#51  
Old 05-12-2020, 06:19 AM
Jugular Jugular is offline
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I remember when throwing an ultrastar through strong and gusty cross winds I'd always ensure I overpowered it and angle the flight so the top of the disc would only just face the wind. The glide of an Ultrastar and it's tendency to turn when overpowered would be countered by the winds force and sometime I felt I'd almost get more distance out of a big throw that way than without any wind. I know most DG discs don't have the sort of glide an Ultrastar does but do you attempt to throw with the same principles in mind with a strong cross wind.

I understand the principles of into the headwind and with tailwind in terms of the stability of the disc but what about crosswinds? Is it more about glide than over/under stability? Is there a turning effect of high winds hitting a disc oriented perfectly flat and flying orthogonal to the wind direction? It seems like there should be many potential upsides of throwing discs in high wind even after accounting for the effects of gusts.

Someone mentioned rollers earlier. I've seen many an ultrastar landing on it's edge be taken by the wind and start rolling with the wind direction with no sign of stopping. When you're in extreme wind conditions are there roller opportunities that aren't with the wind direction? Do drivers avoid some of the effects of wind by having a smaller volume under the wing?
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  #52  
Old 05-12-2020, 07:49 AM
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VictorB VictorB is offline
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If you don't play in the plains when it's that windy, you don't get to play much at all

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  #53  
Old 05-15-2020, 04:13 AM
Geneva Geneva is offline
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I like to play in the wind, but only a few times a year.
I guess I would still often play if 20mph was the norm, but not as much.

You can do a bunch of funny lines in the wind. With a big sidewind (e.g. from the right for RHBH), you can throw a straight disc on a big Anhyzer. And the wind will make it drift to the left like a drunk man.

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Old 05-15-2020, 10:54 AM
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b-mart b-mart is offline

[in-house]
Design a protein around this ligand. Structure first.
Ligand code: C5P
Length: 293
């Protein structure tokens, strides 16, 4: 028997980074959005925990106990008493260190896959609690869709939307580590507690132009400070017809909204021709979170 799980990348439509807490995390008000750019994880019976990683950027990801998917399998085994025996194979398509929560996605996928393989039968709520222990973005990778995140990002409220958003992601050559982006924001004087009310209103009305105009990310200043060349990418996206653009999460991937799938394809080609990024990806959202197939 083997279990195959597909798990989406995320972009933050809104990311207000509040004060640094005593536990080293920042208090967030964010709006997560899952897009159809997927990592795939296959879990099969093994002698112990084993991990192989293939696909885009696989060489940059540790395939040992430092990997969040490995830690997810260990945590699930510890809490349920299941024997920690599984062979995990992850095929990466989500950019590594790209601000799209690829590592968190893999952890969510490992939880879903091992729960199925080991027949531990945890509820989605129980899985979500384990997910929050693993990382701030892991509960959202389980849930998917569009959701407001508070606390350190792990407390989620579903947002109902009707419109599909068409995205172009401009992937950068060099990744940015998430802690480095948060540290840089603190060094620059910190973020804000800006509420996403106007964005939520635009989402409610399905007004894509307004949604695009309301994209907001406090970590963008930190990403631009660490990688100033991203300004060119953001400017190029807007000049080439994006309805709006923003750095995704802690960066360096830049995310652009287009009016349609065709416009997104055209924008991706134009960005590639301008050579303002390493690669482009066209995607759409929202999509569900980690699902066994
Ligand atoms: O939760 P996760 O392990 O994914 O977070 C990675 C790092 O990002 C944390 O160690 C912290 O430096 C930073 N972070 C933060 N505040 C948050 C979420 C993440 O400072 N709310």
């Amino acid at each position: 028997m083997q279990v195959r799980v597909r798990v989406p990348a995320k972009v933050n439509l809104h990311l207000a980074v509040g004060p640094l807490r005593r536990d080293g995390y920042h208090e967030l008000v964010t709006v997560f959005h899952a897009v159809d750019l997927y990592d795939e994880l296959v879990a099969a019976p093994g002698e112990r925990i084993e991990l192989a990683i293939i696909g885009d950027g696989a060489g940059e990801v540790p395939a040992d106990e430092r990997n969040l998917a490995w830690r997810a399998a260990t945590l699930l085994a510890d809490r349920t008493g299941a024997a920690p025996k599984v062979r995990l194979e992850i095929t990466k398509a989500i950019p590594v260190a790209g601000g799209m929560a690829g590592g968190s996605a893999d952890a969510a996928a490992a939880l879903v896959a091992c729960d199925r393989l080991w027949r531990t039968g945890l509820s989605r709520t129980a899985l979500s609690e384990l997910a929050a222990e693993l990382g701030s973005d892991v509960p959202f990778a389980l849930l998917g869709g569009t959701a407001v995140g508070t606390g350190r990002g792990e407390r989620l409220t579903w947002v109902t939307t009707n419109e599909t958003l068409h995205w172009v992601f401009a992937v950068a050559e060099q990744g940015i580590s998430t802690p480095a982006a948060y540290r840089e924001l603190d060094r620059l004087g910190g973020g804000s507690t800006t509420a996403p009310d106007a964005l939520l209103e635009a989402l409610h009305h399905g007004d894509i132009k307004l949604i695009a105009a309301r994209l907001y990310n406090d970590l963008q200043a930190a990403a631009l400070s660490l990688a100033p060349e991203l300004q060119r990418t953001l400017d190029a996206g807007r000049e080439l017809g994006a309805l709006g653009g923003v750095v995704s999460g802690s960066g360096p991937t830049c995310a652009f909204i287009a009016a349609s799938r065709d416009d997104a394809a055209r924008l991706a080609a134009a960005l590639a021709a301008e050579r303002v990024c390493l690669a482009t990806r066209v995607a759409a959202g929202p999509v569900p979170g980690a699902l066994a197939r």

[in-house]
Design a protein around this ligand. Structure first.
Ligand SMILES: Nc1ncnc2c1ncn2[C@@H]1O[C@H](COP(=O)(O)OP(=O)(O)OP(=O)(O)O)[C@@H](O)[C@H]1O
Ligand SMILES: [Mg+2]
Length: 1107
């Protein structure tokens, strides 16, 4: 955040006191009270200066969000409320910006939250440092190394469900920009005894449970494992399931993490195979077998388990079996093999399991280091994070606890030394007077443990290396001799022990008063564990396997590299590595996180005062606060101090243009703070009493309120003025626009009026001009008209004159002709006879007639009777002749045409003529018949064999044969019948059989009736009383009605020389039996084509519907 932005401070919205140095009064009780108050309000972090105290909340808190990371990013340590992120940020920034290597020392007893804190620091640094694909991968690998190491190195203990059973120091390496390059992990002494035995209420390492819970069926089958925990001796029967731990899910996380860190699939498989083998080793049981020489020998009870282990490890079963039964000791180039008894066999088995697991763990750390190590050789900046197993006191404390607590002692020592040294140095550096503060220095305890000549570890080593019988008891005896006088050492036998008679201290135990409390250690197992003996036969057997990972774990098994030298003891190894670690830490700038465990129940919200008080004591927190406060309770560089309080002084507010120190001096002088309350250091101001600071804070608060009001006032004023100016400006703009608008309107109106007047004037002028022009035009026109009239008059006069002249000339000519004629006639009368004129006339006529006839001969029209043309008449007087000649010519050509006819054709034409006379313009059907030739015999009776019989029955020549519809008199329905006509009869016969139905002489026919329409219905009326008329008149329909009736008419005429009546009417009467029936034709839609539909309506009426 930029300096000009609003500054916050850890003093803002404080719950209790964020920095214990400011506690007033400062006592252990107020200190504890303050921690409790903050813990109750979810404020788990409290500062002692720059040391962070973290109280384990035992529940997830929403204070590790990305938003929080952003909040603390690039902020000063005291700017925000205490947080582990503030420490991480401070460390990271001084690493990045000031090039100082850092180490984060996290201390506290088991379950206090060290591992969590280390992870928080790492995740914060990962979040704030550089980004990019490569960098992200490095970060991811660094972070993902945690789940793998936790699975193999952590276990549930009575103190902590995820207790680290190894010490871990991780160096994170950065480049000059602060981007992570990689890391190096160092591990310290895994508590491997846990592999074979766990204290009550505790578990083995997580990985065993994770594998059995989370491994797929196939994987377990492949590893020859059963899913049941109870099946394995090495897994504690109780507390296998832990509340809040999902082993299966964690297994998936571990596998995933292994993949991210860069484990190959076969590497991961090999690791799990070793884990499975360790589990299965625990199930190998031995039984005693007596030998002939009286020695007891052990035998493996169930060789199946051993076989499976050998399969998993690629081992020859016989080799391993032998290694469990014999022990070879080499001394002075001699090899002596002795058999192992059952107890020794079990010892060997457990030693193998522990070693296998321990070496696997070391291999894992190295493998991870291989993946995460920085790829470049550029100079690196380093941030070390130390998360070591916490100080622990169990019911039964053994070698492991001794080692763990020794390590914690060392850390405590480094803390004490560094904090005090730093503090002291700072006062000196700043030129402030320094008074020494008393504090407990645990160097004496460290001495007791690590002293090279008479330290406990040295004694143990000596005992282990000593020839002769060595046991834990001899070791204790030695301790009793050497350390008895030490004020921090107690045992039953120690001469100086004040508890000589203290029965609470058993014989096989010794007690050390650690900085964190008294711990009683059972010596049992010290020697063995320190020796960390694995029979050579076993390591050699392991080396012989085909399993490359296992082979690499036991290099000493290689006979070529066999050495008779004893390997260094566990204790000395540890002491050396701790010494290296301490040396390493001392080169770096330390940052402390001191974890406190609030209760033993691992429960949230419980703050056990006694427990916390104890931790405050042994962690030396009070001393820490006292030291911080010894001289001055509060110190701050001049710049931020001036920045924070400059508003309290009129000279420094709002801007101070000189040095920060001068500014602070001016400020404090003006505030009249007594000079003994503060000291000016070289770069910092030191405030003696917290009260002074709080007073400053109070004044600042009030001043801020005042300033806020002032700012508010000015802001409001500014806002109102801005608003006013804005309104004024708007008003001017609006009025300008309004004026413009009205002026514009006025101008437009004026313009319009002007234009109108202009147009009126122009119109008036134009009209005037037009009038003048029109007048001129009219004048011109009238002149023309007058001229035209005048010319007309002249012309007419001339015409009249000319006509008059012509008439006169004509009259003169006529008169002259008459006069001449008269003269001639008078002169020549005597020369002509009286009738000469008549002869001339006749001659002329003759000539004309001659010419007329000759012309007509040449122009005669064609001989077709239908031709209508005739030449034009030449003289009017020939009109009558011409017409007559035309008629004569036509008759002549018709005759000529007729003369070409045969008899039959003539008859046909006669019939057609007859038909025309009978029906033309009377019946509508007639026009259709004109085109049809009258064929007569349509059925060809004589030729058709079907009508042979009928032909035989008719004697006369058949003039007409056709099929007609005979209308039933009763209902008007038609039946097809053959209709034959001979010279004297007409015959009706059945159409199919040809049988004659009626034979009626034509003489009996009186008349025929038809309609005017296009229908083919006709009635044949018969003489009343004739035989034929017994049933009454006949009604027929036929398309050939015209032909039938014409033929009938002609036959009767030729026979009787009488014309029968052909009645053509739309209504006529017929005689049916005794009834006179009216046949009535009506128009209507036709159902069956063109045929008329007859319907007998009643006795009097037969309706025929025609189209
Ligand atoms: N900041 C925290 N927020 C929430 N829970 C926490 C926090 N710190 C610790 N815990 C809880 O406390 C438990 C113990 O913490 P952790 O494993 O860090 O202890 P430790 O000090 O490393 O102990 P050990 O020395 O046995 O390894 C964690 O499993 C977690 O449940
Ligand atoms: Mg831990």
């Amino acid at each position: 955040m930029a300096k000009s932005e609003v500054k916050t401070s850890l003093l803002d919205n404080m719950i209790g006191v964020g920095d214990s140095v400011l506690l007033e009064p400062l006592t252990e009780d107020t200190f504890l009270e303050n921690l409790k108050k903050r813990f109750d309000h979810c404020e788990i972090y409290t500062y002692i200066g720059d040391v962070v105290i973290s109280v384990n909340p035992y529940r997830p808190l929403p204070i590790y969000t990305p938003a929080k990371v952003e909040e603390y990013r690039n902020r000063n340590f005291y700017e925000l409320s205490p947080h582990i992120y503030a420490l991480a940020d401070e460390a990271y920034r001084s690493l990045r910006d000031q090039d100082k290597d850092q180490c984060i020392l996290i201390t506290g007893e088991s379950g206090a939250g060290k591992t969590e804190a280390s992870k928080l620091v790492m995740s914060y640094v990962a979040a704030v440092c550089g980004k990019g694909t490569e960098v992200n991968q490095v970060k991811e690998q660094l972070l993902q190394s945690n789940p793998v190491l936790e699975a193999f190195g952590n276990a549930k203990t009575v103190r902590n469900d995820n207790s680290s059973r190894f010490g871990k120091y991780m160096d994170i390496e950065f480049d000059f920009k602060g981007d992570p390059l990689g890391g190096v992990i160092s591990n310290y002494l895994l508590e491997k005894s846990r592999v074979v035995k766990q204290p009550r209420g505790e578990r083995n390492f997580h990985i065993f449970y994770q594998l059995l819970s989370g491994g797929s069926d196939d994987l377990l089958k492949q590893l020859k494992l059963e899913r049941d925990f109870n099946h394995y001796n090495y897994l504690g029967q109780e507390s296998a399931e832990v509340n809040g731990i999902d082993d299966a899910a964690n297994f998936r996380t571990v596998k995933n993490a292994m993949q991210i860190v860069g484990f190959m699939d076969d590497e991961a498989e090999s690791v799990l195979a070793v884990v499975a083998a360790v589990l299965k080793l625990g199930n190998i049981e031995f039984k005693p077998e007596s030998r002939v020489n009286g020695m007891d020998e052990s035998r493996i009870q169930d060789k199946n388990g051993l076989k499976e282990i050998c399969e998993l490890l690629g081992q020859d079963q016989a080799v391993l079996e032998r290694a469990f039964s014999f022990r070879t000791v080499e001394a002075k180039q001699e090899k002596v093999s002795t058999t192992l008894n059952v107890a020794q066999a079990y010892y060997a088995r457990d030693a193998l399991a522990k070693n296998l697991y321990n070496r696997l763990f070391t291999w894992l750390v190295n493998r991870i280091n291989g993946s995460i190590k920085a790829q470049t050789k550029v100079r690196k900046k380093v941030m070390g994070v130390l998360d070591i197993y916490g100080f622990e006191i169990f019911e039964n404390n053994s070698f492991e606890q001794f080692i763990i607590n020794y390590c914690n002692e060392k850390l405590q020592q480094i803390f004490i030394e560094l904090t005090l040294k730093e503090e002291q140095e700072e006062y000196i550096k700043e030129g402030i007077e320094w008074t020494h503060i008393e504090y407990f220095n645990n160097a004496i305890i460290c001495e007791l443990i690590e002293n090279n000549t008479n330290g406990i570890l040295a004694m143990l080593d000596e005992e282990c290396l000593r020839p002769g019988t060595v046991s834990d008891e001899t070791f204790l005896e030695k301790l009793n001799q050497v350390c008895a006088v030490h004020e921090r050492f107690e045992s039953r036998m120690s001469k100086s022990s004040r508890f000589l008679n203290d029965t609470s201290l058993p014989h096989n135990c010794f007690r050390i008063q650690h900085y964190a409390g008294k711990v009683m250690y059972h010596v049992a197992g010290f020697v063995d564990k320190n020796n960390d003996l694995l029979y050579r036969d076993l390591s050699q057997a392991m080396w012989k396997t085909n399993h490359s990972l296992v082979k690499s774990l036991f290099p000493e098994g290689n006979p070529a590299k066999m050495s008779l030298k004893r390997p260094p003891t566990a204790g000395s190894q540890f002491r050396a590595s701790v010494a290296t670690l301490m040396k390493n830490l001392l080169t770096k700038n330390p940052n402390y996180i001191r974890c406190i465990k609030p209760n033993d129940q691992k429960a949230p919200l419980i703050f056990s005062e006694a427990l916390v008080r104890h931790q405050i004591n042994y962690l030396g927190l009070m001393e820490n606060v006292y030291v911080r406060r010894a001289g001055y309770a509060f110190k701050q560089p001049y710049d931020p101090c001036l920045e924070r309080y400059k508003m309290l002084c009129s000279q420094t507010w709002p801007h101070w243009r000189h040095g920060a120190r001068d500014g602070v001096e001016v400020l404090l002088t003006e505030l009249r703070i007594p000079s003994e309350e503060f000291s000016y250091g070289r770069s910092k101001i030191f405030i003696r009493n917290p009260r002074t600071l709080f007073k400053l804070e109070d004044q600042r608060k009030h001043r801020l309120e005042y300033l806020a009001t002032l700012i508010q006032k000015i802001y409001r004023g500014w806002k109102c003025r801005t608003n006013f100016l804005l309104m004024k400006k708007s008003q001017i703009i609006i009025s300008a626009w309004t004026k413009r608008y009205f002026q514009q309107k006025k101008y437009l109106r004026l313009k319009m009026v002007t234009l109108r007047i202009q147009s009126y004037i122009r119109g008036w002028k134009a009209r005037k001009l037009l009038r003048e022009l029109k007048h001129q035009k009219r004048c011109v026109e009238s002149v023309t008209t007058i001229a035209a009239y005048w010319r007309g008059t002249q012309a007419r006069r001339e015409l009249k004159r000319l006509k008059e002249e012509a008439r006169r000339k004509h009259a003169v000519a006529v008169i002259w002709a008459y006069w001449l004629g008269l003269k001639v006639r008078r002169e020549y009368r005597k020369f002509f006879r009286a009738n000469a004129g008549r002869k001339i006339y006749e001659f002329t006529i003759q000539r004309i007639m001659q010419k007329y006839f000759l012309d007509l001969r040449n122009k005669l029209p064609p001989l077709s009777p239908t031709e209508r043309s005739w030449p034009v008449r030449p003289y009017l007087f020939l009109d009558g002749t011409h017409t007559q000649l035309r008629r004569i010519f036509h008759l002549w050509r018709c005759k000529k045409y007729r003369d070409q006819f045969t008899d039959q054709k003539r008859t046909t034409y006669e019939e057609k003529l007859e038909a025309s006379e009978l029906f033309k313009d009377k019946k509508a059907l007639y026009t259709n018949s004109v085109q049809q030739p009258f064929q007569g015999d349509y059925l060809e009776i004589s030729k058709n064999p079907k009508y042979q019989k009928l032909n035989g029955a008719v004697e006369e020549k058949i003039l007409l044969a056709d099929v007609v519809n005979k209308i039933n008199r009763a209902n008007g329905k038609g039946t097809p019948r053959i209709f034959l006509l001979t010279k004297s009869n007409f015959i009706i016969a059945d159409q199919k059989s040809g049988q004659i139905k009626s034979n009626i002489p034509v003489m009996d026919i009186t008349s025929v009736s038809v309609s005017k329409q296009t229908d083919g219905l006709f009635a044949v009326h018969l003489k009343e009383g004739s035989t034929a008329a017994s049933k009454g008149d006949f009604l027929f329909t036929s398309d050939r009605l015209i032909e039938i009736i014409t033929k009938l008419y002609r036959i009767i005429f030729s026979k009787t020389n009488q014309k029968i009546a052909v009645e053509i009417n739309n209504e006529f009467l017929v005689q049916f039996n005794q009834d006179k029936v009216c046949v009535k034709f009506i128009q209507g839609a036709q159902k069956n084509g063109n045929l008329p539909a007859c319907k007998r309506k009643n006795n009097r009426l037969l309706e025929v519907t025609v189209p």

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I actually enjoy playing in the wind. Mostly because we seldom get it in Washington state and it's a valuable skill to have the opportunity to work on. I just aim to shoot below double bogey on every hole .
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  #55  
Old 05-17-2020, 02:51 AM
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TAFL TAFL is offline
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Quote:
Originally Posted by Jugular View Post
I understand the principles of into the headwind and with tailwind in terms of the stability of the disc but what about crosswinds? Is it more about glide than over/under stability? Is there a turning effect of high winds hitting a disc oriented perfectly flat and flying orthogonal to the wind direction? It seems like there should be many potential upsides of throwing discs in high wind even after accounting for the effects of gusts.
In the Long Ago, I got a chance to play a round with one of the local pros. I asked him how he adjusts his throw to the wind. He said he didn't. He wasn't given much to conversation, so I didn't pursue the questioning. I spent the round watching what he did.

He threw the disc flat and fairly low. I started to do the same and found my shots were much better-controlled.

He didn't try to "ride the wind" or any other such adjustment. He did aim with the wind in mind as to how it would affect his disc when it faded and the flight plate got exposed one way or the other. If the wind were right to left (RHBH), he'd aim a bit further to the right so the extra bit the disc would fade was accounted for. If it were a left to right wind, he'd aim a bit more direct at the pin because the disc would drop a bit more quickly during the fade.

I can't say that the low flights weren't an adjustment to the wind; he seemed to regularly throw lower than a lot of other players at the time, so I don't think it was. He adjusted his aim, not his throws.

I wish I'd done this before playing in an event with 55 mph+ gusts. That was painful.

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  #56  
Old 05-20-2020, 02:58 PM
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ray1970 ray1970 is offline
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Well, pretty steady winds about 23 mph right now and it looks like Im heading out to play shortly.

Wish me luck.
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